By John Tamny
Politicians and economists incapable of understanding how very simple economic growth is frequently call for devalued money as an expression of their eternal confusion. Full of the cruelly incorrect belief that a devalued currency is the path to easy exports, they regularly cheer for a falling dollar.
Never explained by two professions that seemingly compete to see which can do the most damage to our well being is why they don’t recommend that struggling businesses simply lower their prices. Indeed, if high prices are truly the source of weak sales for some, it would make a lot more sense for the rest of us if sagging corporations would just cut their prices.
It would because an economy is merely a collection of individuals. This cannot be stressed enough. And as individuals we seek dollars in return for our toil. Never explained by economists or politicians is why every individual in the economy must suffer reduced earnings as a way of allegedly propping up the few who would supposedly benefit from dollar earnings that can be exchanged for fewer things.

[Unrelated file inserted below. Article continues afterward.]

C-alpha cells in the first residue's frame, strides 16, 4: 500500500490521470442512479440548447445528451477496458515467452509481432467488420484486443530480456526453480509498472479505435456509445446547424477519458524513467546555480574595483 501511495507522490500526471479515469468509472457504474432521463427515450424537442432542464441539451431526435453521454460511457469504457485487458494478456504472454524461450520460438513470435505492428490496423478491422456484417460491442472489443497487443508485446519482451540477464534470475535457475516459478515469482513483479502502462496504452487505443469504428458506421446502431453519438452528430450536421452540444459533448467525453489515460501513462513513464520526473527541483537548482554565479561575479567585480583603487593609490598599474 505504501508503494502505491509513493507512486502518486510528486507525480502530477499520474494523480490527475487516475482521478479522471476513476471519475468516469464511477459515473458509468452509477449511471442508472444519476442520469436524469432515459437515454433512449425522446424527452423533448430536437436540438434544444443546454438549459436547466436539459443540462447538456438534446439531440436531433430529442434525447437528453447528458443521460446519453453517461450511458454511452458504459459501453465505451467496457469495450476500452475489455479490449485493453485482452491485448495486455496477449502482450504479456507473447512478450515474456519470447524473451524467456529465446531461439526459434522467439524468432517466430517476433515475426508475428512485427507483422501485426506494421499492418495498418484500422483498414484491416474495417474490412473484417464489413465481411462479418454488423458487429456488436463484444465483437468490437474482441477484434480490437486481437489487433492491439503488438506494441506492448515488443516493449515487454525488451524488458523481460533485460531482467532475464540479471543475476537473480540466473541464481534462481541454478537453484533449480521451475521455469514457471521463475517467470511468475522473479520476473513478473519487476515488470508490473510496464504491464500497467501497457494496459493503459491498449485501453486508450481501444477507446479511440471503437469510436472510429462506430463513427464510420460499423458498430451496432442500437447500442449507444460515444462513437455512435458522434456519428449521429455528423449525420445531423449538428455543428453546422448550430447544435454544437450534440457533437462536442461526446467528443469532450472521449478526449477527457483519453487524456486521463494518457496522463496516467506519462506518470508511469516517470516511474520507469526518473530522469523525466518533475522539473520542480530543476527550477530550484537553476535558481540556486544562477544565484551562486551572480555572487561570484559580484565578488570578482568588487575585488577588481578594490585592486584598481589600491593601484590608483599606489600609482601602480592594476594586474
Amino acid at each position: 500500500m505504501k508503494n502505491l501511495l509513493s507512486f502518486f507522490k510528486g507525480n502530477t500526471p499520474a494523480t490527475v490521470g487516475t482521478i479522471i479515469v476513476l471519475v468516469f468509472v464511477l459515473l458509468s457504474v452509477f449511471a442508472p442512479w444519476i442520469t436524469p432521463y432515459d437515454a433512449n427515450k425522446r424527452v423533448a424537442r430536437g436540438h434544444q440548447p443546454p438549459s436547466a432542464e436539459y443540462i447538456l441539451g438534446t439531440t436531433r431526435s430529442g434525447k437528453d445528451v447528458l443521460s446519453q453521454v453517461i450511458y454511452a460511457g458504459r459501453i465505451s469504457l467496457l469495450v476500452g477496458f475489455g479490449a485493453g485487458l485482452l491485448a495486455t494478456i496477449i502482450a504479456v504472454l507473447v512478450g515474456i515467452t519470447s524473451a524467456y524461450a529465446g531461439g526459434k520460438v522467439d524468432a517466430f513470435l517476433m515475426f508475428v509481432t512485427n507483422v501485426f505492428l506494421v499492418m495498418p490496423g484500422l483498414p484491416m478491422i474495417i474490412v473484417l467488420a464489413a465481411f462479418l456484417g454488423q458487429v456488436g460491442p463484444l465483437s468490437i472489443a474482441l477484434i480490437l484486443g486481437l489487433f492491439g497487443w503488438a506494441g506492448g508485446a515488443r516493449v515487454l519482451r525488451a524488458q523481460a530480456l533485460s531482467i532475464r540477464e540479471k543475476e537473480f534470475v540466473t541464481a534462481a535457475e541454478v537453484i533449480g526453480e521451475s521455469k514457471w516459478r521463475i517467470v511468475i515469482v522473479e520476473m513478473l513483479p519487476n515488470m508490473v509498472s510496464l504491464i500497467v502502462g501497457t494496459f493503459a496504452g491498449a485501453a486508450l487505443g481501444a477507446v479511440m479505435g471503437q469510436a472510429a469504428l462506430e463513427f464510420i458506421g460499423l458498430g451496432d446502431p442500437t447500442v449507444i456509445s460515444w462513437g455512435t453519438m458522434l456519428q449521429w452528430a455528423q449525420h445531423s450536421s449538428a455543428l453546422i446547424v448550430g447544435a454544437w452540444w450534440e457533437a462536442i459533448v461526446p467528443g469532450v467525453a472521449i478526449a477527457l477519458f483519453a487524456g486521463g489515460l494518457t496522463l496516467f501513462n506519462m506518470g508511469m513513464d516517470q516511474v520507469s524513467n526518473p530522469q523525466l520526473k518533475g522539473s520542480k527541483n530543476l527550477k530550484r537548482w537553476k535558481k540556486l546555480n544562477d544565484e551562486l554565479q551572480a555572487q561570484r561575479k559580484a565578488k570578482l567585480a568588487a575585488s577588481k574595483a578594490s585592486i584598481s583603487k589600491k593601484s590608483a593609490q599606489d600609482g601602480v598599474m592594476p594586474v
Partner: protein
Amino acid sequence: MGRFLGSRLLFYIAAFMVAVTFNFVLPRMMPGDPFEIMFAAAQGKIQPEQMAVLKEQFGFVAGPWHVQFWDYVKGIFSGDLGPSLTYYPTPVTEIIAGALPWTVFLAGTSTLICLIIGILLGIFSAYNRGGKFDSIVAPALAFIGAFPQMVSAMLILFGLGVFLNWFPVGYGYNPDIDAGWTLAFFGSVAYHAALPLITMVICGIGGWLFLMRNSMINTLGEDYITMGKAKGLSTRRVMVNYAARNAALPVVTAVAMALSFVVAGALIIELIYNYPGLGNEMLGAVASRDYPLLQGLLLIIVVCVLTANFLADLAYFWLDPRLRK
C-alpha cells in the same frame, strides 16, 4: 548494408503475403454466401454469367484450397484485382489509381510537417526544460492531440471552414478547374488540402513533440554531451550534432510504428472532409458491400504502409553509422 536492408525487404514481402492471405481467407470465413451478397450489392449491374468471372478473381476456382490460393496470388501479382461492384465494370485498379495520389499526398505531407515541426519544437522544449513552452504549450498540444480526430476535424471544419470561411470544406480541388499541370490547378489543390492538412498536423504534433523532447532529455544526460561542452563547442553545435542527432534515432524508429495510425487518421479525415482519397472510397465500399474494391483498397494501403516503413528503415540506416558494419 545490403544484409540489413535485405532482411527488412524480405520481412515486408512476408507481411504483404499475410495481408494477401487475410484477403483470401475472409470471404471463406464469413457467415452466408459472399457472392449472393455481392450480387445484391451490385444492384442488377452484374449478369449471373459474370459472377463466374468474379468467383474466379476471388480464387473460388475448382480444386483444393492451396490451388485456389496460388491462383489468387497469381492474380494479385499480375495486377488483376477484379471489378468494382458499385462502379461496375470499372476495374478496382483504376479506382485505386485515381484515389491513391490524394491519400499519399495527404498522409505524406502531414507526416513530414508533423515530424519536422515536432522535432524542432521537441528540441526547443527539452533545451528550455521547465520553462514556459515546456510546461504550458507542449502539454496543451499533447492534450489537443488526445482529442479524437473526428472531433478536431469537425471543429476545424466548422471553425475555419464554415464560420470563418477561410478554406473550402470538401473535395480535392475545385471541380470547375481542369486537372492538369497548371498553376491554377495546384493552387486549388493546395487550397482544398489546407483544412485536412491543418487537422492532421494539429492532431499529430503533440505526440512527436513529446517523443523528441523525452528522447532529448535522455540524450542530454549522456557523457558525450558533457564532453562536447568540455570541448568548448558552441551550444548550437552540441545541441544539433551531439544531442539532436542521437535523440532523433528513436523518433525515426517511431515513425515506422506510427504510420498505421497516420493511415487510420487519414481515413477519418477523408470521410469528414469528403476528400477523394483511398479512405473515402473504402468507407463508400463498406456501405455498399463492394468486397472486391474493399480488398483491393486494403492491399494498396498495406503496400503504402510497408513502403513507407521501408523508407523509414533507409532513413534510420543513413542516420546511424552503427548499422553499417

Worse is how the rest of us suffer in a bigger, yet at the same time micro sense. Readers of this column can probably recite this on their own so much has it been written over the years, but there are no companies and no jobs without investment first. Investment is the certain driver of prosperous economic advances, and investors are buying dollars in the future when they commit their dollars of the present to new and existing ideas.
The obvious problem with devaluation allegedly meant to aid the few is that it eviscerates the paychecks of everyone, while at the same time serving as a barrier to higher pay in the future. Higher pay springs from productivity enhancements that are always and everywhere the result of investment. So when investment logically slows down thanks to devaluation, the economic prospects of everyone dim.